What about marketing my brand? Most audiences tend to be around 300 to 500 people. That is valuable. But I could send out an email and reach 10,000 people from the comfort of home. That only takes an hour! Sure it helps market the brand but is it the most effective way to do it?
This isn’t meant to be a rant on why I don’t enjoy speaking anymore – it’s to make you think about the true costs of what you say yes to.
It’s not just about the right idea, but it’s also about the timing.
I admit that I can’t do it all.
From there I sat back and thought about what’s important in my life now. I’m eliminating. I’m giving myself space for the things I care more about,
Improve Your Ability to Think
The quality of your life is determined by the quality of your decisions.
You make better decisions by improving your ability to think.
I got a friend that doesn’t make the smartest decisions. And sometimes I ask him to walk me through his thought process. It’s not that he doesn’t think, it’s more that he doesn’t have the best thinking tools.
It’s like going to a Samurai battle with a pocket knife.
Your brain is a piece of software that needs to be defragmented and updated.
Here are some ways to improve your ability to think:
1. Understand cognitive biases.
You have mental “glitches” in your brain. Cognitive biases are the main glitches. Make sure you understand them before you make tough decisions.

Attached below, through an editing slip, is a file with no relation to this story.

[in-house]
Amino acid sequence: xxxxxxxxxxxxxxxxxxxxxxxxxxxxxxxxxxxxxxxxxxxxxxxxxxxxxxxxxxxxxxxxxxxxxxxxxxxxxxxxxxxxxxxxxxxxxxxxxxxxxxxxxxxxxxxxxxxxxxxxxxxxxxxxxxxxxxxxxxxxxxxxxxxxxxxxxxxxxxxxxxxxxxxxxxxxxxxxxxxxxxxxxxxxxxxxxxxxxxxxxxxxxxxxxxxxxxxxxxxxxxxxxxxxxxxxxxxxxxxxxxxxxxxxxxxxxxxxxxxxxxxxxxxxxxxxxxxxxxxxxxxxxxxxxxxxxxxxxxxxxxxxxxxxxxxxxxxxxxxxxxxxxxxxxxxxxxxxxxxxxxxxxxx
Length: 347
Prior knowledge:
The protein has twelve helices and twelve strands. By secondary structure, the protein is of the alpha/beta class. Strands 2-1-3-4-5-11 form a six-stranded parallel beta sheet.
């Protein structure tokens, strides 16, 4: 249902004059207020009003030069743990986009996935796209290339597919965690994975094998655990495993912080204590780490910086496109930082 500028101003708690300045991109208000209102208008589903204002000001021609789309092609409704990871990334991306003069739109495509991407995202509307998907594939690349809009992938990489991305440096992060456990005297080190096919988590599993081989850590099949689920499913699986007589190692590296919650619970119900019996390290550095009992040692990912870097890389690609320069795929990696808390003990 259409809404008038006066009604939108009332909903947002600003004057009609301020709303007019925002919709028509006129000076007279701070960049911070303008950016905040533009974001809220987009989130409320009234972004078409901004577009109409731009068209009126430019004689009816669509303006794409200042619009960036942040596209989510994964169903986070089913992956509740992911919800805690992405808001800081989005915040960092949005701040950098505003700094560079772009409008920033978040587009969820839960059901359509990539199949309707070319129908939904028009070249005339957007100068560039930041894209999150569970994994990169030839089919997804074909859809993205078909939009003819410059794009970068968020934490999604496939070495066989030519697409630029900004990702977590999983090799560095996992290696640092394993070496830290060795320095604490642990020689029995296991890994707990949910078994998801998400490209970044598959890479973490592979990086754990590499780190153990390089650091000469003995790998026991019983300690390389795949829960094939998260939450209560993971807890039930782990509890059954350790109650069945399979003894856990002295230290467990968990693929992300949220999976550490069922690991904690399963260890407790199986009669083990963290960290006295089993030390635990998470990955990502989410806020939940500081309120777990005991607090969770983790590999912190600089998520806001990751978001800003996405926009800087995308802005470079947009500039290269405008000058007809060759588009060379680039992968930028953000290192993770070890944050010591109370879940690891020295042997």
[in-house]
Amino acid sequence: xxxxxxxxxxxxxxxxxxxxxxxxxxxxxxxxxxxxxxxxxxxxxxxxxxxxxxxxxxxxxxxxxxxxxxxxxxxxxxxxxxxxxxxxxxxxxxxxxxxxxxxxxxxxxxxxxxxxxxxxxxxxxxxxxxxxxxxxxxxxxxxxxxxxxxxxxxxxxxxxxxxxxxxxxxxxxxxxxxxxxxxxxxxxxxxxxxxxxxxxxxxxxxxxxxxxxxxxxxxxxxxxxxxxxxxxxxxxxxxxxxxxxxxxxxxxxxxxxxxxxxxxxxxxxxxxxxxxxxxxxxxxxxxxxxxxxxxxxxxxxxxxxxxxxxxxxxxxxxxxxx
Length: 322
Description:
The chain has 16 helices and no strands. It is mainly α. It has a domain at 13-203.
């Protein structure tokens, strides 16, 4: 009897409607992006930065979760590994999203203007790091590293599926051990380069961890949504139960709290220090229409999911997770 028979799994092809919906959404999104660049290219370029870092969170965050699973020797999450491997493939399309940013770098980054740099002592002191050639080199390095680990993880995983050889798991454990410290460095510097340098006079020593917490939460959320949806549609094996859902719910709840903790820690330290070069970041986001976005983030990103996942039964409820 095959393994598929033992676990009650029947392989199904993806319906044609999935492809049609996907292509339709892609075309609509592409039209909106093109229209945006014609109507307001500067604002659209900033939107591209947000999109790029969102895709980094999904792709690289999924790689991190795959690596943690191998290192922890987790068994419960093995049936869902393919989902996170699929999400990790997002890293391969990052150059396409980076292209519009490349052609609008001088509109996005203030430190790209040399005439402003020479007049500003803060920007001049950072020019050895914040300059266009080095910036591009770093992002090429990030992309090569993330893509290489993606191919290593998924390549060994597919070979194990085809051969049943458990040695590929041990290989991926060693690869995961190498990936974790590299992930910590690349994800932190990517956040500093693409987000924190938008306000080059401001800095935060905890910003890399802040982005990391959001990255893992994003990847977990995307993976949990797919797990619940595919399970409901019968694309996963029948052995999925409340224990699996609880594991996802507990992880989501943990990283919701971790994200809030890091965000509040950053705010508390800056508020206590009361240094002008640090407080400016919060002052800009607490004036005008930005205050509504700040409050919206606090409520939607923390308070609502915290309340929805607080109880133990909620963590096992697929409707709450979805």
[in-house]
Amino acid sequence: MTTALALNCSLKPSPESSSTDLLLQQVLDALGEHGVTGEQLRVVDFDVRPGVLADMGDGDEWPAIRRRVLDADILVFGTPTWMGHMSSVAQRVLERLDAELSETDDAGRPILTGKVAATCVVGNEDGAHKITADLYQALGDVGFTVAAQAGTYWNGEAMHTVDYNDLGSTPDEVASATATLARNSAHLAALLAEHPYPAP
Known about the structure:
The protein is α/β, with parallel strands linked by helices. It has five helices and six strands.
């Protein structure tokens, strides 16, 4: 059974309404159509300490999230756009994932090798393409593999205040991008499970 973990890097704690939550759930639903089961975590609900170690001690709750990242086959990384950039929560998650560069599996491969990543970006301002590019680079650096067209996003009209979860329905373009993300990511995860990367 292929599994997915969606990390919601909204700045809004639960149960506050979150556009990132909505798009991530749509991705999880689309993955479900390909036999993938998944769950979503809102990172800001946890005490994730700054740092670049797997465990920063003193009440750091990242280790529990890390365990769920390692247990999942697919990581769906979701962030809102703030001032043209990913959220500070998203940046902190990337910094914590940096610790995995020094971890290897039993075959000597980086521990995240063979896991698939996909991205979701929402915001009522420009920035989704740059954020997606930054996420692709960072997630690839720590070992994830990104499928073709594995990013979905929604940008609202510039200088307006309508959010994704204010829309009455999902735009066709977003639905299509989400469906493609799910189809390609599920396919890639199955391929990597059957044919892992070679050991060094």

Read: How to Improve Your Decision Making
2. Set aside time to think.
What are some of the worse decisions you’ve ever made? Ok, and how many of them did you sit down and think before you acted?
We don’t think as much as we use to. We’re always either doing or we’re distracted. No wonder our brains can’t come up with ideas. .
I have (2) thinking time sessions that are 45 minutes each.
I sit down with a pencil and paper. I focus on one question for 45 minutes.
3. Improve your brain.
A few weeks back I attended a meeting with my team.
I was jetlagged from flying for 24 hours, dehydrated, and overall in a bad mood. Then they started asking me to make some high-level decisions.
I said no.
You shouldn’t drive when you’re drunk – you shouldn’t make huge decisions when you’re exhausted.
Regarding the brain, I break it down into two parts
Right diet, sleep, drink water, exercise
Meditation, float tanks, not being ADD with your phone.
Optimize For Happiness
I’ve been thinking a lot about the “meaning of life.“
My conclusion: for you to be happy.
It’s as simple as that. But we don’t act as if it’s that simple.
Know anyone who has a career they hate? Yet they’re still in it because of their parents pressure.
People settle down with marriage before they’re ready. Why? Pressure from society, friends, parents, or others.
Me? I’ve blown so much money on luxuries products. I have several thousand dollars worth of “H” and “LV” belts that I haven’t worn in years. I lost so much value buying six-figure supercars.
They didn’t really make me happy. I bought them because I wanted people to view me a certain way.
Don’t think of happiness as a destination.
Happiness is the little things that happen each day.
It’s going to Brazilian Jiujitsu class and tapping someone out that I couldn’t before. Finding a badass hole in the wall restaurant in NYC. Planning the next year. Writing. Reading an email from someone who tells me how I’ve helped them. Binging an anime. Measuring something in my life. Seeing an Alt-coin investment go to the moon. Watching a new campaign explode. Finding a new gadget on Amazon that makes life easier.
These are not huge things, but doing them make me happy.
Sit down and reflect. Study the science of happiness.
What makes you happy? Do more of it.
What doesn’t make you happy? Do less of it.
What if someone doesn’t like your choices? Fuck em.
Here’s to Your Best Year Ever
Champagne glass out.
Pinky finger in the air.
A year from now lets think: “What a fucking badass year.”